Updated | Pilots call on MIA to cover Air Malta losses incurred during blackout

Airline Pilots Association says airlines, especially Air Malta, incurred huge losses after the airport’s power backup system failed to work properly • MIA 'rules out speculation' generators were not properly maintained or out of diesel

The Airline Pilots Association (ALPA) has called on the Malta International Airport to make good for the losses incurred by national airline Air Malta after backup power supply at the airport failed to work for at least 25 minutes.

Malta International Airport experienced technical difficulties with its generators during Tuesday’s nationwide power outage forcing MIA to suspend apron and runway operations for 25 minutes.  ALPA has now claimed that operations were suspended for more than 25 minutes.

A system of generators at the airport failed to work properly, forcing incoming flights to be diverted to Catania and Palermo for approximately an hour and 45 minutes.

Tourism minister Edward Zammit Lewis has now demanded a series of technical reports over the incident.

“ALPA-Malta acknowledges the huge amounts of losses incurred by airlines, especially Air Malta, and we are thus calling on MIA to cover these losses. Clearly, MIA failed to honour their obligations, in that they failed to provide the required level of service to ensure the continuous smooth operation of the airport during the power outage,” the pilots said.

ALPA urged MIA to immediately come up to terms with their priorities: “Rather than focus on boasting about passenger numbers and opening further retail outlets, MIA should invest the necessary amount of money and resources into ensuring that the necessary equipment and procedures are in place, so as to avoid a repeat of last Tuesday’s fiasco.”

In a reaction, MIA said it was conducting an inquiry to understand what caused its power generators to malfunction last Tuesday during the nationwide blackout.

The investigation so far has ruled out speculation that the generators were not properly maintained or out of diesel.

“We carried out a simulation of the exact same scenario within 48 hours, without any adjustments to the terminal generators, and the system worked without a hitch,” said a spokesman for MIA. 

MIA reiterated that following the nationwide blackout on Tuesday, it suspended its runway operations for 25 minutes during which no flight operations would have been disrupted. However, Air Traffic Control kept the runway closed for a further 1 hour and 45 minutes citing safety precautions. 

“MIA will work to ensure, within the shortest time possible, that it can guarantee continuity in similar occurrences. Once again we apologise to all our stakeholders and passengers for the inconvenience caused.”

Malta International Airport thanked the pilots’ union for its interest in the blackout incident but said that if any discussions were to take place on redress, these would be held between the airport and the airlines affected.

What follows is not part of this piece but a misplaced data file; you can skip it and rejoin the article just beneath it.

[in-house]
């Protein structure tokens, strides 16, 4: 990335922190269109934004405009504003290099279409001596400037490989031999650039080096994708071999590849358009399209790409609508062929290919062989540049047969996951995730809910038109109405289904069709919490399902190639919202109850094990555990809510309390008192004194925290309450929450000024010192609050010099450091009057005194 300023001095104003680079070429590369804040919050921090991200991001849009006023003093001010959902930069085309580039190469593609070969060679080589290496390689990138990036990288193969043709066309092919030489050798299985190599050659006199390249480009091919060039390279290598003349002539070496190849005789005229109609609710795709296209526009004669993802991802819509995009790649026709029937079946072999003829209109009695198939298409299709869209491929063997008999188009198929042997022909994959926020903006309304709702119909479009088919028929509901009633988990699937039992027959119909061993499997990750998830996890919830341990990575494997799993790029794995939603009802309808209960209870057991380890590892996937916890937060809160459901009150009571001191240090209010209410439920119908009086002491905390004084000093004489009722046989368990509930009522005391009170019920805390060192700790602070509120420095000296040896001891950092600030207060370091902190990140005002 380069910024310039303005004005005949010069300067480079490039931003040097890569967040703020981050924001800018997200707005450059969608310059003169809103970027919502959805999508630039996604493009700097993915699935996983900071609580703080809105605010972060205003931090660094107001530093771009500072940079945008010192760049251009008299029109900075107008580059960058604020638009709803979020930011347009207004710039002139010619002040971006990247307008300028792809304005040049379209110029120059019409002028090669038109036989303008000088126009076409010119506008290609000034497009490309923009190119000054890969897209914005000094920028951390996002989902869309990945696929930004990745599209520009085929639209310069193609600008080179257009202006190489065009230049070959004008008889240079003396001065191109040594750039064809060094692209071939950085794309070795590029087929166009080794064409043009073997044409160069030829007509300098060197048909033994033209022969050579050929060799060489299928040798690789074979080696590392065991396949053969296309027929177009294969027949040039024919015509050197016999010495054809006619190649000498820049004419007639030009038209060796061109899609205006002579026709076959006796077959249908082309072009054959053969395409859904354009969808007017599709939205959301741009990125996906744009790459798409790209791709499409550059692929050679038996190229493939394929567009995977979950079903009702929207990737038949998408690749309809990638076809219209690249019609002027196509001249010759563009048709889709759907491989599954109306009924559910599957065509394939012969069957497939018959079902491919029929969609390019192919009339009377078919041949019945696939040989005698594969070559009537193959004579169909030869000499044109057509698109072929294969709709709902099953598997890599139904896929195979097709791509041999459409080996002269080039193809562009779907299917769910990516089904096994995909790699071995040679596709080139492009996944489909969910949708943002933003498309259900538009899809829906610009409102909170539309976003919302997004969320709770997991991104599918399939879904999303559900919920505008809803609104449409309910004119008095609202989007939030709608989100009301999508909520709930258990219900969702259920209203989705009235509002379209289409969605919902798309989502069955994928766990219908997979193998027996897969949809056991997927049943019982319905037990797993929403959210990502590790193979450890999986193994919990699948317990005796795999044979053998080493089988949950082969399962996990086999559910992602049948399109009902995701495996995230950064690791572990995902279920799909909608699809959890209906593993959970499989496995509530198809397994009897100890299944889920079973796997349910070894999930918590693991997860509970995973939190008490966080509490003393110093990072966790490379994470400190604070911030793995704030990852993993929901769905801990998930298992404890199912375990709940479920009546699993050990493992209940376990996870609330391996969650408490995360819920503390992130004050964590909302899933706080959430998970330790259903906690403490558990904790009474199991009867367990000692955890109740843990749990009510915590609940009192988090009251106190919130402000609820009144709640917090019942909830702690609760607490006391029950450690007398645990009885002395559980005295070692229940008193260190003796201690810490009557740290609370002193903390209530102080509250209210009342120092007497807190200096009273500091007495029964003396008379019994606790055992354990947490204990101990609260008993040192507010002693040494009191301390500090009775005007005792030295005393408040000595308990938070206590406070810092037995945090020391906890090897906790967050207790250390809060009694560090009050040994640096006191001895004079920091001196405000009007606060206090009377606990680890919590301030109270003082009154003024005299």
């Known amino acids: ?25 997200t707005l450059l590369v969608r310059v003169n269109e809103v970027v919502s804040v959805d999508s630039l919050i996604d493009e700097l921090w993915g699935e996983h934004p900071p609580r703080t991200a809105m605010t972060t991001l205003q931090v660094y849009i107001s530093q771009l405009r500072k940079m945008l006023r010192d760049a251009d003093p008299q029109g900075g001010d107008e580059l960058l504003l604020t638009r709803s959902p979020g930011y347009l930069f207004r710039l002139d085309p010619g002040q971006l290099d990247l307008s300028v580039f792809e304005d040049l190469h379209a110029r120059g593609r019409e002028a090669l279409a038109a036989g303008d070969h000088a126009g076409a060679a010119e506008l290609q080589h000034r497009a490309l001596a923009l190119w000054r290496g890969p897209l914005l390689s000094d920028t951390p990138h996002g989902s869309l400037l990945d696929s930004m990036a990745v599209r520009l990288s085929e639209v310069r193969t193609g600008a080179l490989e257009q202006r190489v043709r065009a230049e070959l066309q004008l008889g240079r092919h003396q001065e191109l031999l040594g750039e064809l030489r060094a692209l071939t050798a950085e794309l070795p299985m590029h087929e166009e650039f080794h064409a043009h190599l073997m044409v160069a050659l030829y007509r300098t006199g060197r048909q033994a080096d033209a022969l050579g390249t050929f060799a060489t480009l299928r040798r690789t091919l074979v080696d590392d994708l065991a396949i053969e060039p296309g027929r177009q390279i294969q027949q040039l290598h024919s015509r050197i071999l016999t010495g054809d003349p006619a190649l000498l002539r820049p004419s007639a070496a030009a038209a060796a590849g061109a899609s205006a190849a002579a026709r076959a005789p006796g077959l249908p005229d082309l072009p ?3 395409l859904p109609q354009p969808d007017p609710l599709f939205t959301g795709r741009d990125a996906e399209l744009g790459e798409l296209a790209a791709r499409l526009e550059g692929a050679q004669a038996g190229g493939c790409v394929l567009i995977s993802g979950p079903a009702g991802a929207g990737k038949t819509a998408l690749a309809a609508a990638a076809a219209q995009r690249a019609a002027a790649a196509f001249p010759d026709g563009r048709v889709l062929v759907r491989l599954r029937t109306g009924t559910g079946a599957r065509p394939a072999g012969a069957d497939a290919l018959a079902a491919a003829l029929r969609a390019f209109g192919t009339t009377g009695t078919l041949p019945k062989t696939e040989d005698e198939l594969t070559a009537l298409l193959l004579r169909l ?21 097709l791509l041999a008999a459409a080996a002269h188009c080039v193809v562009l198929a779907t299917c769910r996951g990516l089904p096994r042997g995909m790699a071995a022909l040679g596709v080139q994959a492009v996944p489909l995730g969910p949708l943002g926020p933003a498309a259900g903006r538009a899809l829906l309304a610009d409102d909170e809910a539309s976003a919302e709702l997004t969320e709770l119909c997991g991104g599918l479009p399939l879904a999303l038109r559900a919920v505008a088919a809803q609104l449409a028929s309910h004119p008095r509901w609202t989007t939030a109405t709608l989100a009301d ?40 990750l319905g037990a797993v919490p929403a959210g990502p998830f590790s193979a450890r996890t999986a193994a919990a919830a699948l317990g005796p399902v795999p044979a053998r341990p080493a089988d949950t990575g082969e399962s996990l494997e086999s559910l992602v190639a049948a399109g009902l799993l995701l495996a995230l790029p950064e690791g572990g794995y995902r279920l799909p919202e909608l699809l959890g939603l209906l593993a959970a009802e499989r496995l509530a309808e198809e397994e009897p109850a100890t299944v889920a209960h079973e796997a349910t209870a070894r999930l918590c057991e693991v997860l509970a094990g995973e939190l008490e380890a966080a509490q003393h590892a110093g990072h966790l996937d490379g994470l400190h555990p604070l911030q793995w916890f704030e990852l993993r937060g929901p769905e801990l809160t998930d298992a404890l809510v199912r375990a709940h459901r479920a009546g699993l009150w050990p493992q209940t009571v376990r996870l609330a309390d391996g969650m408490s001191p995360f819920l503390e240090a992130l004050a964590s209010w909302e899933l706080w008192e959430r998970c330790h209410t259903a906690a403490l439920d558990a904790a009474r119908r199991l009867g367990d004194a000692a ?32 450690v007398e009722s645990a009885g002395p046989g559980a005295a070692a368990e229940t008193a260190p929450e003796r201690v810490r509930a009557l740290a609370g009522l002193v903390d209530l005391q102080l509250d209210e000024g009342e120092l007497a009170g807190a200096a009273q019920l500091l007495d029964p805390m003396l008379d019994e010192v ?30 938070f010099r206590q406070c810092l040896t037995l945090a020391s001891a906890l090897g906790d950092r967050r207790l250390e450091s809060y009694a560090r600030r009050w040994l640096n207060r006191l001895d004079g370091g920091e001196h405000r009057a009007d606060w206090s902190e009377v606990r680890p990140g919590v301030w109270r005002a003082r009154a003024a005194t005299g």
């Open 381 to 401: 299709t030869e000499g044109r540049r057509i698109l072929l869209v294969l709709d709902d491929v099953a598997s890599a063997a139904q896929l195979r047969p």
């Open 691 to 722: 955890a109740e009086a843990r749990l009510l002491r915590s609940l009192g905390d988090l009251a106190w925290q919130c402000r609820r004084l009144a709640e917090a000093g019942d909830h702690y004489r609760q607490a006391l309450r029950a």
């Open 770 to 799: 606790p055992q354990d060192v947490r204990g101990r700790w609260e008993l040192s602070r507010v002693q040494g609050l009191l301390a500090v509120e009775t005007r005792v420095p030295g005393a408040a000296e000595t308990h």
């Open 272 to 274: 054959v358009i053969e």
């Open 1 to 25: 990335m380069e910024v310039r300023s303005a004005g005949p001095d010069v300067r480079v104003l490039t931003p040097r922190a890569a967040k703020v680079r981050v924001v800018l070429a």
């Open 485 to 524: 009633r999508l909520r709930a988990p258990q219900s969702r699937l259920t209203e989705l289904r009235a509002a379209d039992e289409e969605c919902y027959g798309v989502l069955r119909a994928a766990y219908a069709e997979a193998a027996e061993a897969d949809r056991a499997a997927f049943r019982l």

The pilots thanked its members and Air Malta workers for working around the unprecedented power outage at the airport and ensured that all inbound diverted flights eventually returned back to Malta while outbound flights were still operated.

ALPA said the obvious delays were beyond Air Malta’s control.

In total, four inbound Air Malta flights had to be diverted to Catania and Palermo, while the returning Catania flight was itself stranded.

An outbound flight to Moscow incurred a long delay, and a flight to St. Petersburg had to be re-crewed again as the delay made it impossible for the crew to operate within legal flight time limitations, despite the crew granting an allowable extension to their duty limits.

“Diversions and delays are additional and unnecessary financial burdens on airlines. While ALPA-Malta understands that occasional power outages can occur, an international airport should have the appropriate working infrastructure to ensure a continuous service, irrespective of the power supply from the national generation plants. Tuesday's events are unacceptable,” the pilots reiterated.

In a statement released on Wednesday, MIA pledged to avoid a repeat of the power generators problems. However, ALPA argued that the backup systems should have ensured that the airport operations remained unaffected throughout the entire blackout period.

“Operations were halted for much longer than the stated 25 minutes, as evidenced by the extensive delays and diversions. ALPA-Malta’s first and foremost priority remains safety, and we fully understand Malta Air Traffic Services’ reluctance to resume airport operations without MIA ensuring the provision of reliable technical services, including reliable runway lighting.”

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